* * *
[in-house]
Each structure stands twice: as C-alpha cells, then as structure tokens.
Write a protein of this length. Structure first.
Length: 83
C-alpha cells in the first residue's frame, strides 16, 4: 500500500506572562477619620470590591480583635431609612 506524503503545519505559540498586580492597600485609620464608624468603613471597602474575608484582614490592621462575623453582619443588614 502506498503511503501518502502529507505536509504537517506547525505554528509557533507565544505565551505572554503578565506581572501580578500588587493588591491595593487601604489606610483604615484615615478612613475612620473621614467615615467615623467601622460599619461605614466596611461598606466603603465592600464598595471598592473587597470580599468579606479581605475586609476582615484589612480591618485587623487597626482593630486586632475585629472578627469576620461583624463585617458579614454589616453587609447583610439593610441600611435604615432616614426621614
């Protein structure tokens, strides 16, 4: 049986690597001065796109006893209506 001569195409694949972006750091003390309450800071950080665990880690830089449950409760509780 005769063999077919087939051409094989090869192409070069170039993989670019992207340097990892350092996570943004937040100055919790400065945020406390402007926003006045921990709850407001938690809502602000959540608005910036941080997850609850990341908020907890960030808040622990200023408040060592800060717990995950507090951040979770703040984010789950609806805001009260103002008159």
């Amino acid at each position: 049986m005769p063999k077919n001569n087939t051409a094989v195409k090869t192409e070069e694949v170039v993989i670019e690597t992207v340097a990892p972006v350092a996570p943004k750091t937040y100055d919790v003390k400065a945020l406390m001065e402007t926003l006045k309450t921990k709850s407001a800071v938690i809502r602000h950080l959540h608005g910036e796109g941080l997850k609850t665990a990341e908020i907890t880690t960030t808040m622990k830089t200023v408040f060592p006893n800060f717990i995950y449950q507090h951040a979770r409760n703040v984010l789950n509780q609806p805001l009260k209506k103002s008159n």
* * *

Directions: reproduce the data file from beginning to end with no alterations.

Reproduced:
[in-house]
Each structure stands twice: as C-alpha cells, then as structure tokens.
Write a protein of this length. Structure first.
Length: 83
C-alpha cells in the first residue's frame, strides 16, 4: 500500500506572562477619620470590591480583635431609612 506524503503545519505559540498586580492597600485609620464608624468603613471597602474575608484582614490592621462575623453582619443588614 502506498503511503501518502502529507505536509504537517506547525505554528509557533507565544505565551505572554503578565506581572501580578500588587493588591491595593487601604489606610483604615484615615478612613475612620473621614467615615467615623467601622460599619461605614466596611461598606466603603465592600464598595471598592473587597470580599468579606479581605475586609476582615484589612480591618485587623487597626482593630486586632475585629472578627469576620461583624463585617458579614454589616453587609447583610439593610441600611435604615432616614426621614
């Protein structure tokens, strides 16, 4: 049986690597001065796109006893209506 001569195409694949972006750091003390309450800071950080665990880690830089449950409760509780 005769063999077919087939051409094989090869192409070069170039993989670019992207340097990892350092996570943004937040100055919790400065945020406390402007926003006045921990709850407001938690809502602000959540608005910036941080997850609850990341908020907890960030808040622990200023408040060592800060717990995950507090951040979770703040984010789950609806805001009260103002008159």
């Amino acid at each position: 049986m005769p063999k077919n001569n087939t051409a094989v195409k090869t192409e070069e694949v170039v993989i670019e690597t992207v340097a990892p972006v350092a996570p943004k750091t937040y100055d919790v003390k400065a945020l406390m001065e402007t926003l006045k309450t921990k709850s407001a800071v938690i809502r602000h950080l959540h608005g910036e796109g941080l997850k609850t665990a990341e908020i907890t880690t960030t808040m622990k830089t200023v408040f060592p006893n800060f717990i995950y449950q507090h951040a979770r409760n703040v984010l789950n509780q609806p805001l009260k209506k103002s008159n």